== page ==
First thing—Look for the happy man in the straw hat. This descriptor could apply to a few people milling about, but you’ll know Gordon Slatford when you spot him. Chances are the Tides Inn general manager will find you first anyway. He’ll tell you about the property. He’ll tell you everything you ever cared to know about oysters and bees. And he’ll tell you some really funny jokes. Slatford wears his pride and affection for the Inn and his colleagues on his sleeve. He makes it plain that you’re his guest, and he’ll make sure you’re pleased and good to go.
The Inn was once the Ashburn farm on Carters Creek, which had been in the family for more than 150 years before being transformed by E. A. Stephens in 1947 into the Tides Inn. The Enchantment Group bought the place from the Stephens family and renovated it in 2001. It sits at the confluence of the burgeoning Chesapeake Wine Trail and the Virginia Oyster Trail. In 2017, Conde Nast Readers’ Choice Awards ranked it as the “#5 Resort in the South”. Wine Spectator gave
Tides an award of excellence in 2016. The accommodations are arranged across several buildings including the lobby, three dining spaces, spa, common areas, and a number of vista suites located in smaller cottages. The full-service marina has floating dock space for 24 vessels, and there’s an apiary dedicated to bee conservation.
I was in heaven the moment I walked in the door of my suite. The décor whisked me away to some islandy place, and it was a treat to be able to silently enjoy my morning coffee in silence on the balcony overlooking the creek.
The resort has a slightly lived-in feel reflecting a deep history of celebrations and escape. It might not be brand spanking new, but with its gently-loved quality comes a satisfaction in knowing that you’re one in a long line of guests who have been making memories there over 70 years.
A small wooden placard near the entrance of the Inn’s Chesapeake Restaurant reads “Good Friends, Good Wine, Good Times,” and it’s clear that every gathering offers just that. Meals were celebrations, and it didn’t hurt that the food was downright delicious, featuring Bay and local farm-to-table fare under the guidance of Executive Chef T.V. Flynn and a culinary staff of 45. Seated at a long table in the overlook dining section on the first night, I enjoyed some Carter Mountain apple bisque and Virginia scallops seared in brown butter with a blood orange reduction, sunchoke puree and local asparagus and crispy chips, while gazing over Carter’s Creek and twinkling lights hanging from sprawling tree branches.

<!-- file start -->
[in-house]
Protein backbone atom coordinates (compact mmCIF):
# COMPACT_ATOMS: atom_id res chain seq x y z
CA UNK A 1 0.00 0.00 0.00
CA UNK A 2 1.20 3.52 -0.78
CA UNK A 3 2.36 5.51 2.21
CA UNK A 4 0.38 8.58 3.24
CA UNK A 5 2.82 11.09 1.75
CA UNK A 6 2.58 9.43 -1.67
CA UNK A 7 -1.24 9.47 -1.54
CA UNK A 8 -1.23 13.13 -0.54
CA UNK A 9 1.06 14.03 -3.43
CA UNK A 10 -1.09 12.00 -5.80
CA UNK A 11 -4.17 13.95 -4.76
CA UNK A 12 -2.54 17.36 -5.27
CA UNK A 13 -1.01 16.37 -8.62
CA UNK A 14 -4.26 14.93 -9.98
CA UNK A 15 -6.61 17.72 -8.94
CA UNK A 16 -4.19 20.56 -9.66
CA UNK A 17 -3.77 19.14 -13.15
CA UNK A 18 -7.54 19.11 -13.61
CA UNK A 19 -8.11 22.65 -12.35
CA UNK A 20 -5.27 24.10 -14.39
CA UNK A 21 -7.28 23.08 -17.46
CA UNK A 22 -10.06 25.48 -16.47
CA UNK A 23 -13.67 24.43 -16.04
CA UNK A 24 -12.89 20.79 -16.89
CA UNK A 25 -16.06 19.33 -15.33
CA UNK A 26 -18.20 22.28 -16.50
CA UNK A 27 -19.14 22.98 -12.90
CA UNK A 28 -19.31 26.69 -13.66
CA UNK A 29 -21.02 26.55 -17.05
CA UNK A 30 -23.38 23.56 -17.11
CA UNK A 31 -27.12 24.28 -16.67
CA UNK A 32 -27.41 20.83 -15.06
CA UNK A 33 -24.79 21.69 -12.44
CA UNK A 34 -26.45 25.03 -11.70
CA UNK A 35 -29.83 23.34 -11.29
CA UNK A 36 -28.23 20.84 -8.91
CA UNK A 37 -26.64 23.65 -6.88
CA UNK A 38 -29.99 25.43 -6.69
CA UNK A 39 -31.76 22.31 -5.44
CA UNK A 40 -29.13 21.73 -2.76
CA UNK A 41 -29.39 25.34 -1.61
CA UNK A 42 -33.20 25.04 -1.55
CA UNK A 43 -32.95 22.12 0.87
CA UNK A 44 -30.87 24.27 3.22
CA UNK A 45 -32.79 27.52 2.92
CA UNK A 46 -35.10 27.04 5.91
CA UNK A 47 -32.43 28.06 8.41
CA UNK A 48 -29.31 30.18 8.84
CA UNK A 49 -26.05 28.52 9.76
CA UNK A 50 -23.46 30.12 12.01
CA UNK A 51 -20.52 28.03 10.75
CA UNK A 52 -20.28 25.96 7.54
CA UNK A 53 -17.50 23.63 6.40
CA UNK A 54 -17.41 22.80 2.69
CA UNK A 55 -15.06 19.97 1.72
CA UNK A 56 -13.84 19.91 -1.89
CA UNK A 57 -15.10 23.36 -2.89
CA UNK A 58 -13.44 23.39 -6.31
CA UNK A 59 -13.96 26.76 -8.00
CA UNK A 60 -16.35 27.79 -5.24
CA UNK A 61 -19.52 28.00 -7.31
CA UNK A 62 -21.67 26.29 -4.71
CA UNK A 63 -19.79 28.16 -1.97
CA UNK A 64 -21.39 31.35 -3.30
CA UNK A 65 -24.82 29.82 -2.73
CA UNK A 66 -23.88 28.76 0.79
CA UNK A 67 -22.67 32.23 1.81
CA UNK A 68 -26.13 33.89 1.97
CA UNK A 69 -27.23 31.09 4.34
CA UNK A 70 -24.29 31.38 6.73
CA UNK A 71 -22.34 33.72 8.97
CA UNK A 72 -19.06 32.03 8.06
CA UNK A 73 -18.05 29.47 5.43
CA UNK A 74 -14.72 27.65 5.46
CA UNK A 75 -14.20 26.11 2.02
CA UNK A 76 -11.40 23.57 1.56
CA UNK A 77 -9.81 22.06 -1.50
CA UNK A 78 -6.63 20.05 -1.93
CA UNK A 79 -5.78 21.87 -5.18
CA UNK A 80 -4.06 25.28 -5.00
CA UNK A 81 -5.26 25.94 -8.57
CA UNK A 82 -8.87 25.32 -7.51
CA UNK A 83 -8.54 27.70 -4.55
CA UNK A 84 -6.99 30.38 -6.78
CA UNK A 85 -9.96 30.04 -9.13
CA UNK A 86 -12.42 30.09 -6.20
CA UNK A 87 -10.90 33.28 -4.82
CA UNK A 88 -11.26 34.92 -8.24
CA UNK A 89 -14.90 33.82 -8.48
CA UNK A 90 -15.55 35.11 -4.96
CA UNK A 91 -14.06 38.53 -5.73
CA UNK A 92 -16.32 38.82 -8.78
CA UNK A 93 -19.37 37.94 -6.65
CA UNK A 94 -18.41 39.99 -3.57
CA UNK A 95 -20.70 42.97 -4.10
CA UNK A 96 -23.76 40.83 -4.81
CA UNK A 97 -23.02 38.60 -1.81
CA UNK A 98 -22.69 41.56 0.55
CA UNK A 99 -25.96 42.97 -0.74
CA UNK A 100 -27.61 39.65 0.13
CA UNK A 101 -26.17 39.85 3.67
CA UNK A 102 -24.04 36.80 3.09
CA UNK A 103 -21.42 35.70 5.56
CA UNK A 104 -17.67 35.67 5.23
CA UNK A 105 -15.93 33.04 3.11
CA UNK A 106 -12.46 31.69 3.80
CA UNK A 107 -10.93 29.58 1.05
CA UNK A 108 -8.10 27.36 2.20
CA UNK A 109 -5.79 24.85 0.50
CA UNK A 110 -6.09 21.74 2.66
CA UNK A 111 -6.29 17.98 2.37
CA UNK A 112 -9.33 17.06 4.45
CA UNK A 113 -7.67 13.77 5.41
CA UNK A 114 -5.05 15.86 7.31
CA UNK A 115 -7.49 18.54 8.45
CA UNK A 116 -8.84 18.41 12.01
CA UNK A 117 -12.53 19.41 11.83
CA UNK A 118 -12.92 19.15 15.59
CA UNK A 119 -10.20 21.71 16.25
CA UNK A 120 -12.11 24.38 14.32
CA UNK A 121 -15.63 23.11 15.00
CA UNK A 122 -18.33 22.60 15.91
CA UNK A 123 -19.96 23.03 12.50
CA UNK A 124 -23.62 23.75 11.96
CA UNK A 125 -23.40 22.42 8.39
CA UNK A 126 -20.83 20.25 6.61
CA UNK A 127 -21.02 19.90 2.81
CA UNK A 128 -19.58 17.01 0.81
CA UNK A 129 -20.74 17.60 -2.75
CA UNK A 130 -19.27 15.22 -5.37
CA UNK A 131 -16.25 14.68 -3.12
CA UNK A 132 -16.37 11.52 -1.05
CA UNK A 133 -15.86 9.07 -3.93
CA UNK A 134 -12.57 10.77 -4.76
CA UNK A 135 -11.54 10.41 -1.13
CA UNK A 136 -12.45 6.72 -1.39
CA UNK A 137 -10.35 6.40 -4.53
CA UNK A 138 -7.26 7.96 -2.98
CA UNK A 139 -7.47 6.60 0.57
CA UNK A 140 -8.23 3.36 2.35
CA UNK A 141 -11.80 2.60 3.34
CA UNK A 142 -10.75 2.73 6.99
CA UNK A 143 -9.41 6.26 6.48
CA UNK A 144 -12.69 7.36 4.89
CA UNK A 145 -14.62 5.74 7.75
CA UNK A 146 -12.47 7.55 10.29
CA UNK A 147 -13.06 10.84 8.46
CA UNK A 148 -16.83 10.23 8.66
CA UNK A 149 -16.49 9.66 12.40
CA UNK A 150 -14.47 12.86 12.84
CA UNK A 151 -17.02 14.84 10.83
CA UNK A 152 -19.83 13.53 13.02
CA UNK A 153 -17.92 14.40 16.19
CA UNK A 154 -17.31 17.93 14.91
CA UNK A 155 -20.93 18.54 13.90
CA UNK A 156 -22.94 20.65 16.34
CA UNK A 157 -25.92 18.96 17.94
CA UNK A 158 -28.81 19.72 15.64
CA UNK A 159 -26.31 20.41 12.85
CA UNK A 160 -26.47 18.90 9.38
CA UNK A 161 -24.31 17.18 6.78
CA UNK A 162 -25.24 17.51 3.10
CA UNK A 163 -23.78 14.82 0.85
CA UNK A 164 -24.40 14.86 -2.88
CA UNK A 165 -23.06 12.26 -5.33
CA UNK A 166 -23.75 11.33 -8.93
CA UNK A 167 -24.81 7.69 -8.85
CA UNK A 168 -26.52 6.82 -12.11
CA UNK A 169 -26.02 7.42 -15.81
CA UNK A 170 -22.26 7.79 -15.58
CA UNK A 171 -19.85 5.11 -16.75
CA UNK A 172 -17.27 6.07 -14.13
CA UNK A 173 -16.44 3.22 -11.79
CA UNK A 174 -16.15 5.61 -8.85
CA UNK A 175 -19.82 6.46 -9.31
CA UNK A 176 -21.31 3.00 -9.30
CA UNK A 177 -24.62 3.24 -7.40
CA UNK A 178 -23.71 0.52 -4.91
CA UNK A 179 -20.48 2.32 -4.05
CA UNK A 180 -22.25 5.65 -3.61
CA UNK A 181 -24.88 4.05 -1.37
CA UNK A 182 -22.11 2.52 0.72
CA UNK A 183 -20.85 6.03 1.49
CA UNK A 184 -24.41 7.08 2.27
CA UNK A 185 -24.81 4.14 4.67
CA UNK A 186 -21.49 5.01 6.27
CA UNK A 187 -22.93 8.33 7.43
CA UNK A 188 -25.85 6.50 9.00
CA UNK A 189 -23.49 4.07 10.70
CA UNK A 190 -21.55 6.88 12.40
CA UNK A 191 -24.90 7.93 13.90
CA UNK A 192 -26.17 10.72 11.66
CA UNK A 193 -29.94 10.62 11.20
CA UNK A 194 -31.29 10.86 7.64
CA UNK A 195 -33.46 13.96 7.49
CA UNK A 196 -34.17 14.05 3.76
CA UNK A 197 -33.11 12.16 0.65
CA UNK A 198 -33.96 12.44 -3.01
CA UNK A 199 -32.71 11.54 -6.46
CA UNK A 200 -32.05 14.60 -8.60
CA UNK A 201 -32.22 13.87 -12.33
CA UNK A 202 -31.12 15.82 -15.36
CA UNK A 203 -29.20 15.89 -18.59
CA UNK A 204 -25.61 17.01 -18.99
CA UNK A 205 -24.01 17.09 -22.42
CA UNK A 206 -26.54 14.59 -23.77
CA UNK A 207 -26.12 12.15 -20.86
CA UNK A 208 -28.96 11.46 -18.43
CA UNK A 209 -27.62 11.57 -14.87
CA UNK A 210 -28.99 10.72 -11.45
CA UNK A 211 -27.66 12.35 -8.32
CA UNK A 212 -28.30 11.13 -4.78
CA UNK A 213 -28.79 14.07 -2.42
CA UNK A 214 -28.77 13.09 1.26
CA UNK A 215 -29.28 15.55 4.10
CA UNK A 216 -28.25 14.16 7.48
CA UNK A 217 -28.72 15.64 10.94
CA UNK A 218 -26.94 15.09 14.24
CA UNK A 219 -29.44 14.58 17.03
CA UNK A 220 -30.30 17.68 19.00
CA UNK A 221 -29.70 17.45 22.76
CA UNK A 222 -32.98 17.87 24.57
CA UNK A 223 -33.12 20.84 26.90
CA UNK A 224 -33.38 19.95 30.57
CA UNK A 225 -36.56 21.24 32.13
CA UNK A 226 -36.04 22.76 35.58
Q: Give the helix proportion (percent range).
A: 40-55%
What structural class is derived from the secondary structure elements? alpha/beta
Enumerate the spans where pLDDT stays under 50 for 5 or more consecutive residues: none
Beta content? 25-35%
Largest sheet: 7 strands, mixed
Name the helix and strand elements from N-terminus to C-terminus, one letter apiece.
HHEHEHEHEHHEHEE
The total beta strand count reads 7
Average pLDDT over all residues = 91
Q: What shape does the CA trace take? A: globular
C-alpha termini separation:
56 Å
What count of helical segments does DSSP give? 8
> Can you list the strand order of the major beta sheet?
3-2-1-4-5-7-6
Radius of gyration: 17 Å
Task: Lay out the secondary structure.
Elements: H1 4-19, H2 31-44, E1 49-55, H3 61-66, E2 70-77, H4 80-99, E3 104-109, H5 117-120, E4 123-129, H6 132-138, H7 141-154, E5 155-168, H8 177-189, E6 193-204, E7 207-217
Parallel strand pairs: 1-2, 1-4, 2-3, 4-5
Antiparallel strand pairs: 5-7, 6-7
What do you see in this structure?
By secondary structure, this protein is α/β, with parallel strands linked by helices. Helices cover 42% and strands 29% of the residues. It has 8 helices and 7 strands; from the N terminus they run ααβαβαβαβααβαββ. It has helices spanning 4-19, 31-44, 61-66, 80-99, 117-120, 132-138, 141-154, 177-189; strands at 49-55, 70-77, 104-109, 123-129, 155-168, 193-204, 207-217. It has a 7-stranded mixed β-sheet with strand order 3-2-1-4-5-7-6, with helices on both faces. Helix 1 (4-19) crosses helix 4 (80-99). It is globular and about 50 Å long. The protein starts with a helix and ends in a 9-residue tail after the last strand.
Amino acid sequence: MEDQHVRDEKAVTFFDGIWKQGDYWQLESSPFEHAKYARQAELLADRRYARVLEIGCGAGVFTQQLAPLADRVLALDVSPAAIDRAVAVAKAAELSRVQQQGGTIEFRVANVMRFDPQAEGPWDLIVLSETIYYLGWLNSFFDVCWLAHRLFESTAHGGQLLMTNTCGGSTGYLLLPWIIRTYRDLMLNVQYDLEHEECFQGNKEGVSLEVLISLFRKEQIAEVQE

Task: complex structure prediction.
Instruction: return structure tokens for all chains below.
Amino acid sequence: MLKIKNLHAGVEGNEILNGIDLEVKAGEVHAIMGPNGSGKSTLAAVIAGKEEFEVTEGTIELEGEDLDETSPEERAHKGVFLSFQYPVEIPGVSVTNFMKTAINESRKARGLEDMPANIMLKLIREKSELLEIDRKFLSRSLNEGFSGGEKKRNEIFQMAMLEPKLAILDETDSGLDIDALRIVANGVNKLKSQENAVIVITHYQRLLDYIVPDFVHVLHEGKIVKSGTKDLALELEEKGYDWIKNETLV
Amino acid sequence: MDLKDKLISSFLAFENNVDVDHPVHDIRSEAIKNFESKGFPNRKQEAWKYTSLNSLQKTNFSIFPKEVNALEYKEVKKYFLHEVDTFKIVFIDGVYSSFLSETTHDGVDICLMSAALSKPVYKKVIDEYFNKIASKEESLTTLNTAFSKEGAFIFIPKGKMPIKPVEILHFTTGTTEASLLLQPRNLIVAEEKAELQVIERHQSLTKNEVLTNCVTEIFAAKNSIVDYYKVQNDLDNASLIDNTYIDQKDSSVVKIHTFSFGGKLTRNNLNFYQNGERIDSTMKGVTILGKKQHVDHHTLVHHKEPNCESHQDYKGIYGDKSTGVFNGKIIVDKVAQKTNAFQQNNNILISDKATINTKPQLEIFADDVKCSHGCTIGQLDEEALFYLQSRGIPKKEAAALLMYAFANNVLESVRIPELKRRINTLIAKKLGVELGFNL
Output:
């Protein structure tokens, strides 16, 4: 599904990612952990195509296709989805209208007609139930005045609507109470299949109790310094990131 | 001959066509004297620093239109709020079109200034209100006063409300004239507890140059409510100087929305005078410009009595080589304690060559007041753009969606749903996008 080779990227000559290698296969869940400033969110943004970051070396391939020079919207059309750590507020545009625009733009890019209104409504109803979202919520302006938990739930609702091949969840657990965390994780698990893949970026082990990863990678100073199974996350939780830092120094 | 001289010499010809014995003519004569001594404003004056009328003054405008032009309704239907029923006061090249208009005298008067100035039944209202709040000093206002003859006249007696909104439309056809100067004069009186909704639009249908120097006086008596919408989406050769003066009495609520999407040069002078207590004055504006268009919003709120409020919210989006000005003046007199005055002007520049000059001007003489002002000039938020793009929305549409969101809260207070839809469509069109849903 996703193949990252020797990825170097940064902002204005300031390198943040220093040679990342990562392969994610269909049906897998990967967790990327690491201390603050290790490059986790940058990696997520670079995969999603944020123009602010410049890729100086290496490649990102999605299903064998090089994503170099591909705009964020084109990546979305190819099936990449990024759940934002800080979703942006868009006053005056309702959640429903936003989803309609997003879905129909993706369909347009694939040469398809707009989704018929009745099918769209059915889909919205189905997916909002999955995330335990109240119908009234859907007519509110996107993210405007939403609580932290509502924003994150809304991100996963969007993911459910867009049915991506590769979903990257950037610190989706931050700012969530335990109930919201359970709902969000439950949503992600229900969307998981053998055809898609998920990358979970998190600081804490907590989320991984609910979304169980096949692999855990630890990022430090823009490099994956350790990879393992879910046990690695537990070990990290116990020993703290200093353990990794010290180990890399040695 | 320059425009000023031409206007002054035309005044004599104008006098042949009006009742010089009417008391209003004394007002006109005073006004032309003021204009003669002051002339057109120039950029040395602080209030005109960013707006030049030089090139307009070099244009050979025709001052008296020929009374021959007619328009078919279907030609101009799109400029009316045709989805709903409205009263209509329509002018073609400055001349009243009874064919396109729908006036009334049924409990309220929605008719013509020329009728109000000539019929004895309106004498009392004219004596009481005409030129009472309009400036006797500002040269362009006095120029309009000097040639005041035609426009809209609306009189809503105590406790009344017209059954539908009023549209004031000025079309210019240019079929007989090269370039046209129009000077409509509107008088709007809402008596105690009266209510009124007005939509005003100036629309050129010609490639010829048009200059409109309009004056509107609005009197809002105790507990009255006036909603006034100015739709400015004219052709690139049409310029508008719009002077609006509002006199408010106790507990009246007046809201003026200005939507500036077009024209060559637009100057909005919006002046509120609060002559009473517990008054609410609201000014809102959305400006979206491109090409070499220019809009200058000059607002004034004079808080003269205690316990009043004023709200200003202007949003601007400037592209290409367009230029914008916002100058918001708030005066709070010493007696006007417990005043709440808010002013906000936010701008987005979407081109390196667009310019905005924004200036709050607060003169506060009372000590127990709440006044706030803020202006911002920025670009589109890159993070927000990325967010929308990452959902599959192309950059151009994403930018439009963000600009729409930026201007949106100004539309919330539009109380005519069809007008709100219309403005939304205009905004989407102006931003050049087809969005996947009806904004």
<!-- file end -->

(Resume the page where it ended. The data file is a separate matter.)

On shore, you can enjoy cooking and mixology classes, evening s’mores by a campfire, bike tours, guided meditation, yoga classes, Pilates, parlor games, massage and facials in the spa, tennis and tennis lessons, a private-label tea party and so on. The Inn has a nine-hole par-3 golf course, and the Golden Eagle Golf Course is just two miles away offering clinics and access for the duffers in your crew. You can also play Frisbee golf on the Inn’s course. Water-based activities include sailing, jet-ski excursions, a captained history cruise, paddle sports, pontoon-boat rental, crabbing and fishing. Or you can just hang out by the pool with or without the kids. You cannot avoid relaxing and having fun.
Interested in oysters? Enroll in the on-site Virginia Oyster Academy to learn about the ecology and enjoyment of the native bivalve while taking to the Rappahannock with a waterman to harvest your own. Get a lesson from the chef on proper oyster prep and wine pairing. During our excursion, we hit the water on Miss Nicole, a lovely Chesapeake Bay deadrise, just as the river was waking. Oysters garnished with lemon and mignonette on a plate is one thing, but to sway along to the rhythm of a working deadrise workboat as Captain William Saunders scrapes the river floor with hand tongs and offers you a sample of his catch takes oyster love to the highest level.
Other seasonal events include the Easter Weekend with live music, egg decoration and hunt, and Croquet; the Tides Spring Festival; a classic car show; the Harvest Festival; the Taste by the Bay featuring wine, food, arts and ale; and the Tides Christmas Marketplace hosted by Mrs. Claus herself.
The historic fishing village of Irvington operates at a slower pace than the rest of the world. It’s best to take it in by bicycle. Simply grab one of the resort’s bikes and pedal around to grab a bite and shop. I joined other guests for a visit to the Irvington Farmers Market. Think Northern Neck-style Etsy on steroids. The market was full of local goodness including crafts, artwork, apparel and food. From there, we pedaled to the Dog & Oyster Vineyard, a prime stop along the Virginia Wine Trail. You can’t miss it: There’s a massive corkscrew leading up to the tasting room. The excellent wine and fried oysters put our afternoon over the top.
On my last night in Irvington, I soaked in a sunset on the way to the sublime Merroir in Topping, the Rappahannock Oyster Company’s signature tasting room for their farmed oysters and other local seafood. A crisp Virginia-brewed Get Bent IPA made for easy waiting at the picnic tables along Locklies Creek while our large outdoor table was prepared. The half-shell oyster options included three versions of Virginia oysters, from sweet to mild to briny, and cooked versions including baked “Angels on Horseback” with herb butter and Edwards ham and a BBQ bourbon chipotle grilled offering. Great conversation and Northern Neck ambiance made the evening complete.
It’s safe to say the Tides offers plenty for everyone, and it’s four-legged pet friendly. The Inn and Irvington are quintessential Chesapeake Bay experiences.
Next time, I might even bring the husband and kids.
Laura Boycourt is a freelance writer, mom to two little pirates, and lifelong boater from Annapolis who’s perpetually in need of a large coffee and a salty breeze.